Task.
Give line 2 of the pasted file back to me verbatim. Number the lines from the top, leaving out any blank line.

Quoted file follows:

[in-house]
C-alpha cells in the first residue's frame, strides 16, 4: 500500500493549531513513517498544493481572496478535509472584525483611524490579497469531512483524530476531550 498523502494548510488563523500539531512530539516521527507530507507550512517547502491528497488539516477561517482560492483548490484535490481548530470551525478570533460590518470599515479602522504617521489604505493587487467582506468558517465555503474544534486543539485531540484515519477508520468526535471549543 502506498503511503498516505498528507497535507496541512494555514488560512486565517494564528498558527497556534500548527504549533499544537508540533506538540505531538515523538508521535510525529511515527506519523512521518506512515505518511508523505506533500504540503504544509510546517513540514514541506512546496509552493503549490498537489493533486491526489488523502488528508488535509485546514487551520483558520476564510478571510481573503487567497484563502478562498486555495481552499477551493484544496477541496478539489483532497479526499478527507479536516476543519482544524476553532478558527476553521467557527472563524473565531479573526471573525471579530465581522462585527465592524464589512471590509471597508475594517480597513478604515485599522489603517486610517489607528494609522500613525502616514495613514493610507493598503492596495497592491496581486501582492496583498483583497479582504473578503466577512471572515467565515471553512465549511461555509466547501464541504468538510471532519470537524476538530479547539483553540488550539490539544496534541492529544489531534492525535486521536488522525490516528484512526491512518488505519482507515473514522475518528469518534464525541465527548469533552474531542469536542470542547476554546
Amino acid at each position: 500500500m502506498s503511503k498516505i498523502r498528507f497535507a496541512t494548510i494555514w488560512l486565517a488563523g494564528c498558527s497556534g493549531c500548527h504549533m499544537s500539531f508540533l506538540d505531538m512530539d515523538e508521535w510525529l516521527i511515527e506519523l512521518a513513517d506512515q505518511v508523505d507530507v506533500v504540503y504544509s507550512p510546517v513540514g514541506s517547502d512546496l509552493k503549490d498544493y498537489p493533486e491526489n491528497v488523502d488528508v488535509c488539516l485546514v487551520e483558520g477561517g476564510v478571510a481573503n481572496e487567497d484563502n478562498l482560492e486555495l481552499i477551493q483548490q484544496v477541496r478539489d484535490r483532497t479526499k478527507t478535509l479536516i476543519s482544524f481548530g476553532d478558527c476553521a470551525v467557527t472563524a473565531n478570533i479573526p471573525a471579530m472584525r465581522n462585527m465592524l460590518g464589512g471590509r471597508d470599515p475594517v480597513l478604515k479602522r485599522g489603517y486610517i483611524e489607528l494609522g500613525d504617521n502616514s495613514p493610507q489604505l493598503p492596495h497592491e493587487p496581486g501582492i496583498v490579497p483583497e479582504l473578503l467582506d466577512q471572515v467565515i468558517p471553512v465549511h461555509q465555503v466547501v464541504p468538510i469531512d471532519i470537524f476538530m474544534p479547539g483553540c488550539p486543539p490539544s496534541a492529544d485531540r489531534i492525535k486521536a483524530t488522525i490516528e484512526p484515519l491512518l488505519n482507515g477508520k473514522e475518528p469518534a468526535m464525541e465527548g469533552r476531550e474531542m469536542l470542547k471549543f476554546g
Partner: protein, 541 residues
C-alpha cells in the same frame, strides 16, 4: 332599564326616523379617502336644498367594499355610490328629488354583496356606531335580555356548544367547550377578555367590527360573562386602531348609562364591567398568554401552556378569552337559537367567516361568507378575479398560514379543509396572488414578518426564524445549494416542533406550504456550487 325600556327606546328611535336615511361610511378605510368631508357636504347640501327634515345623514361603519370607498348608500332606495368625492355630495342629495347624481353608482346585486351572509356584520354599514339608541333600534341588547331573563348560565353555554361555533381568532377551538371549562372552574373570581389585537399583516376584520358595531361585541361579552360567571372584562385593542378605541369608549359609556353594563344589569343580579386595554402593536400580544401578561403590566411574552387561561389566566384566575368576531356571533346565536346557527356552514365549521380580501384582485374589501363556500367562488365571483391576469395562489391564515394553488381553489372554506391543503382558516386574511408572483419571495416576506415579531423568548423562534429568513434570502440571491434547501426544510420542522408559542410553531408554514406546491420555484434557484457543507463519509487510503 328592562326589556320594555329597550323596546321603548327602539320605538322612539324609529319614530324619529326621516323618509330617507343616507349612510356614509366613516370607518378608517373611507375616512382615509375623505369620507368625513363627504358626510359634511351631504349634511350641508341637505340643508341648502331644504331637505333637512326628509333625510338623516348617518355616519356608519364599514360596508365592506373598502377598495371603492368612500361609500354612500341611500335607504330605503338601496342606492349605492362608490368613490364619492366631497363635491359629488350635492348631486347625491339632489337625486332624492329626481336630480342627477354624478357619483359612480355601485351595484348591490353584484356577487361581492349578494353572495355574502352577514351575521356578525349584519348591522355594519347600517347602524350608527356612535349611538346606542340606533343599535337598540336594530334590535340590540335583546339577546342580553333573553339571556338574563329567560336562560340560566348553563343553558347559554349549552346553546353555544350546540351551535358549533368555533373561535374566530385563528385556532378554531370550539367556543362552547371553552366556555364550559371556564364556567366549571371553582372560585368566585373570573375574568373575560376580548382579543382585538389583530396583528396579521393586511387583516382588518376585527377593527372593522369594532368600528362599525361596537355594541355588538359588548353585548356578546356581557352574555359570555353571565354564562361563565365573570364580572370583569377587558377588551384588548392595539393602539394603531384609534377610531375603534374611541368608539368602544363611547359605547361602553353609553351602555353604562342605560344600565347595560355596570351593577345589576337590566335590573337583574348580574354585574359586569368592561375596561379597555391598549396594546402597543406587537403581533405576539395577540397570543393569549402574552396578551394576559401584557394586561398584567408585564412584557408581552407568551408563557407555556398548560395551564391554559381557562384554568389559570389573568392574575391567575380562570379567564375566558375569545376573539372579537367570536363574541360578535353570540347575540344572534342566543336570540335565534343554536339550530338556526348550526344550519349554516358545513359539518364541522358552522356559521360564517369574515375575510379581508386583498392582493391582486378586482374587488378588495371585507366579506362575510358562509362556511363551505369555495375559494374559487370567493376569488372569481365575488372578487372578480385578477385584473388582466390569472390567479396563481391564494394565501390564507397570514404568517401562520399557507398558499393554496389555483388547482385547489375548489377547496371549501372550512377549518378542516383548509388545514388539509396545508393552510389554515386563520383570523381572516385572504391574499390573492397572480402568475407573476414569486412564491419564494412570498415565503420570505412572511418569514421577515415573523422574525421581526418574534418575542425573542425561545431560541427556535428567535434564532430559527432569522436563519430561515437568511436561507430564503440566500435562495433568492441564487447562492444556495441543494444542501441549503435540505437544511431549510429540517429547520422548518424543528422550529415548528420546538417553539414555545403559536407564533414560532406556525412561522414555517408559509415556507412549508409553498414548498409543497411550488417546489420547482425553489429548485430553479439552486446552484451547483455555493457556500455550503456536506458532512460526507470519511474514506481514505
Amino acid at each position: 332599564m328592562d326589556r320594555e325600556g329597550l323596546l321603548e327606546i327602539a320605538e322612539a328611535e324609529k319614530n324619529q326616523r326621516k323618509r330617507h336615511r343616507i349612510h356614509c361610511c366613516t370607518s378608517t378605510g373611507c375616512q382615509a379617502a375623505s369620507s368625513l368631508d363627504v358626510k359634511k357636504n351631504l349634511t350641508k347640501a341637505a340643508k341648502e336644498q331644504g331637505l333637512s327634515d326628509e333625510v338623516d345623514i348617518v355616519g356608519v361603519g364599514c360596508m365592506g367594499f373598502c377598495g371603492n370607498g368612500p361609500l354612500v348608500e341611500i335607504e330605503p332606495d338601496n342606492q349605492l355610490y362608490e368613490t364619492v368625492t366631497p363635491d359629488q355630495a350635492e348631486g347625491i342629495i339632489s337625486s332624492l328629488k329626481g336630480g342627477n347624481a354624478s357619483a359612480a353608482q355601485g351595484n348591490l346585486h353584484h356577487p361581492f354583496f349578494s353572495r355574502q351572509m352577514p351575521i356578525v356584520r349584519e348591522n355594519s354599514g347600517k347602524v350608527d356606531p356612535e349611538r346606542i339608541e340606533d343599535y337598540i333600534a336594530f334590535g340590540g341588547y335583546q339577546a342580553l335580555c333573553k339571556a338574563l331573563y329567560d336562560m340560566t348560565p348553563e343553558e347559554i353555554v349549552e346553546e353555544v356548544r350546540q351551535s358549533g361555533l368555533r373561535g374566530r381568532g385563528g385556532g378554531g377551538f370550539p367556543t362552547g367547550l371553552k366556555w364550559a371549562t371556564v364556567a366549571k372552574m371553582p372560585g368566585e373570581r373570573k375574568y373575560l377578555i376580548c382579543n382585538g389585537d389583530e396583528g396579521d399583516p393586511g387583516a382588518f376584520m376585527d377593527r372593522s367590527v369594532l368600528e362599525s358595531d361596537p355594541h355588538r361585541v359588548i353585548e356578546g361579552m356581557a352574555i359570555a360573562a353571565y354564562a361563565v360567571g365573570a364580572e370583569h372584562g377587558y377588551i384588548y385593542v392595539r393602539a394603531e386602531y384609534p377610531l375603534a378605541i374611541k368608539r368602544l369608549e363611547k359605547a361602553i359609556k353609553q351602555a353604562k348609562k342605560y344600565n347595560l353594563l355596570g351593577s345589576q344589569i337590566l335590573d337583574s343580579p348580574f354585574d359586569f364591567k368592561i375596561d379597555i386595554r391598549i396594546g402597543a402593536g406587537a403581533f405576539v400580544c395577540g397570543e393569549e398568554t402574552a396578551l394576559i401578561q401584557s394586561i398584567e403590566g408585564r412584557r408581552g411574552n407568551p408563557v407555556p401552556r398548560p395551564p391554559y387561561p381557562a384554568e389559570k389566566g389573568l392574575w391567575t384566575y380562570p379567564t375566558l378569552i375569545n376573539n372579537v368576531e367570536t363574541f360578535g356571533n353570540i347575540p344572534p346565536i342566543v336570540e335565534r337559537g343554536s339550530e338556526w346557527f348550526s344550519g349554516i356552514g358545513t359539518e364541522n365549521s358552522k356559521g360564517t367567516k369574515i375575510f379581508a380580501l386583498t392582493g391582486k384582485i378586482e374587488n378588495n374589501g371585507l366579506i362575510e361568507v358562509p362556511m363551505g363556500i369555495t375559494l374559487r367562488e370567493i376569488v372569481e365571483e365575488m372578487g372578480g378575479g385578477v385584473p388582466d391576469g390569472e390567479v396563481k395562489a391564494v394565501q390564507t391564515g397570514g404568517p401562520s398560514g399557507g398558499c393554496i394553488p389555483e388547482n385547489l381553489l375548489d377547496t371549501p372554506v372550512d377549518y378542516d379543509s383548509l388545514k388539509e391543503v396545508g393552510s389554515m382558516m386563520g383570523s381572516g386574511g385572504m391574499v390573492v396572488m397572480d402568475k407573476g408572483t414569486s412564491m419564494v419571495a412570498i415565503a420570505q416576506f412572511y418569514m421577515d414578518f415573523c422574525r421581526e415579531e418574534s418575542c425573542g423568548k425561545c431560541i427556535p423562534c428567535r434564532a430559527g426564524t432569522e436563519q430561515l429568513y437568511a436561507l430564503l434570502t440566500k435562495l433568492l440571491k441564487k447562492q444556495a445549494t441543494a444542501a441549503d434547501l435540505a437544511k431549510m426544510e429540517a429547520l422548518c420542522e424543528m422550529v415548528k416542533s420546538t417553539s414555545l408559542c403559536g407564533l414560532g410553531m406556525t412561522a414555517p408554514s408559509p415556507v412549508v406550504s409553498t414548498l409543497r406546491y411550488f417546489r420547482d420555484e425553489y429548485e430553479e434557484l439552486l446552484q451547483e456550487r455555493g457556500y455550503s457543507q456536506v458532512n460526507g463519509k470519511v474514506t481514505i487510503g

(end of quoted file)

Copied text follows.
C-alpha cells in the first residue's frame, strides 16, 4: 500500500493549531513513517498544493481572496478535509472584525483611524490579497469531512483524530476531550 498523502494548510488563523500539531512530539516521527507530507507550512517547502491528497488539516477561517482560492483548490484535490481548530470551525478570533460590518470599515479602522504617521489604505493587487467582506468558517465555503474544534486543539485531540484515519477508520468526535471549543 502506498503511503498516505498528507497535507496541512494555514488560512486565517494564528498558527497556534500548527504549533499544537508540533506538540505531538515523538508521535510525529511515527506519523512521518506512515505518511508523505506533500504540503504544509510546517513540514514541506512546496509552493503549490498537489493533486491526489488523502488528508488535509485546514487551520483558520476564510478571510481573503487567497484563502478562498486555495481552499477551493484544496477541496478539489483532497479526499478527507479536516476543519482544524476553532478558527476553521467557527472563524473565531479573526471573525471579530465581522462585527465592524464589512471590509471597508475594517480597513478604515485599522489603517486610517489607528494609522500613525502616514495613514493610507493598503492596495497592491496581486501582492496583498483583497479582504473578503466577512471572515467565515471553512465549511461555509466547501464541504468538510471532519470537524476538530479547539483553540488550539490539544496534541492529544489531534492525535486521536488522525490516528484512526491512518488505519482507515473514522475518528469518534464525541465527548469533552474531542469536542470542547476554546